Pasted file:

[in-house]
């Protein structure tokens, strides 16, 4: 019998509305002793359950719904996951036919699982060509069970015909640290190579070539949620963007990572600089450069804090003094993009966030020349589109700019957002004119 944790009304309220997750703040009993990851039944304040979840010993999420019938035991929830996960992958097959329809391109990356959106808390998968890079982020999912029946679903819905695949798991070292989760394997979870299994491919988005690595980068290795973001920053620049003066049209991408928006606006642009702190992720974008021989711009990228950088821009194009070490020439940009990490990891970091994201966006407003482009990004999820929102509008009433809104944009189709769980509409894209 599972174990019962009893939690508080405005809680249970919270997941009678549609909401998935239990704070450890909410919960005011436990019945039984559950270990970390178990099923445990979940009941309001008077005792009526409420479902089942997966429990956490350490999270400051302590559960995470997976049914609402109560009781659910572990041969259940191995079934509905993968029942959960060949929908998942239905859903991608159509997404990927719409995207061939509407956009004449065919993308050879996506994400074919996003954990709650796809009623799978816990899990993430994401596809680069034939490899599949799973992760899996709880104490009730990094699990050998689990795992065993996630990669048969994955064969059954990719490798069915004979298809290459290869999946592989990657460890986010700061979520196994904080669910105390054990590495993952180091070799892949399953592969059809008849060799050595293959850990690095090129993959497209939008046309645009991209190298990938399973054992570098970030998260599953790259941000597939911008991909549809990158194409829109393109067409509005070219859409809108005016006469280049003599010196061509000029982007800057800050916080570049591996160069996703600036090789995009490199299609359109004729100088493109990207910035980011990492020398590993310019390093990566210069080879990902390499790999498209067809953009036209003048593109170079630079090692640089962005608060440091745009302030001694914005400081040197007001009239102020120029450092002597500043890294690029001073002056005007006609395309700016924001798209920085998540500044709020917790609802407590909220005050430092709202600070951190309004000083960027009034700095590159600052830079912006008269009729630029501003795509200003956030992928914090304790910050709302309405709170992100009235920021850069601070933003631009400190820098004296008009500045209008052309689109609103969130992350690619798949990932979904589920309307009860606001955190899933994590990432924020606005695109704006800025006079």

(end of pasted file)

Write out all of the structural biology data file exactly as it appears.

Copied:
[in-house]
């Protein structure tokens, strides 16, 4: 019998509305002793359950719904996951036919699982060509069970015909640290190579070539949620963007990572600089450069804090003094993009966030020349589109700019957002004119 944790009304309220997750703040009993990851039944304040979840010993999420019938035991929830996960992958097959329809391109990356959106808390998968890079982020999912029946679903819905695949798991070292989760394997979870299994491919988005690595980068290795973001920053620049003066049209991408928006606006642009702190992720974008021989711009990228950088821009194009070490020439940009990490990891970091994201966006407003482009990004999820929102509008009433809104944009189709769980509409894209 599972174990019962009893939690508080405005809680249970919270997941009678549609909401998935239990704070450890909410919960005011436990019945039984559950270990970390178990099923445990979940009941309001008077005792009526409420479902089942997966429990956490350490999270400051302590559960995470997976049914609402109560009781659910572990041969259940191995079934509905993968029942959960060949929908998942239905859903991608159509997404990927719409995207061939509407956009004449065919993308050879996506994400074919996003954990709650796809009623799978816990899990993430994401596809680069034939490899599949799973992760899996709880104490009730990094699990050998689990795992065993996630990669048969994955064969059954990719490798069915004979298809290459290869999946592989990657460890986010700061979520196994904080669910105390054990590495993952180091070799892949399953592969059809008849060799050595293959850990690095090129993959497209939008046309645009991209190298990938399973054992570098970030998260599953790259941000597939911008991909549809990158194409829109393109067409509005070219859409809108005016006469280049003599010196061509000029982007800057800050916080570049591996160069996703600036090789995009490199299609359109004729100088493109990207910035980011990492020398590993310019390093990566210069080879990902390499790999498209067809953009036209003048593109170079630079090692640089962005608060440091745009302030001694914005400081040197007001009239102020120029450092002597500043890294690029001073002056005007006609395309700016924001798209920085998540500044709020917790609802407590909220005050430092709202600070951190309004000083960027009034700095590159600052830079912006008269009729630029501003795509200003956030992928914090304790910050709302309405709170992100009235920021850069601070933003631009400190820098004296008009500045209008052309689109609103969130992350690619798949990932979904589920309307009860606001955190899933994590990432924020606005695109704006800025006079």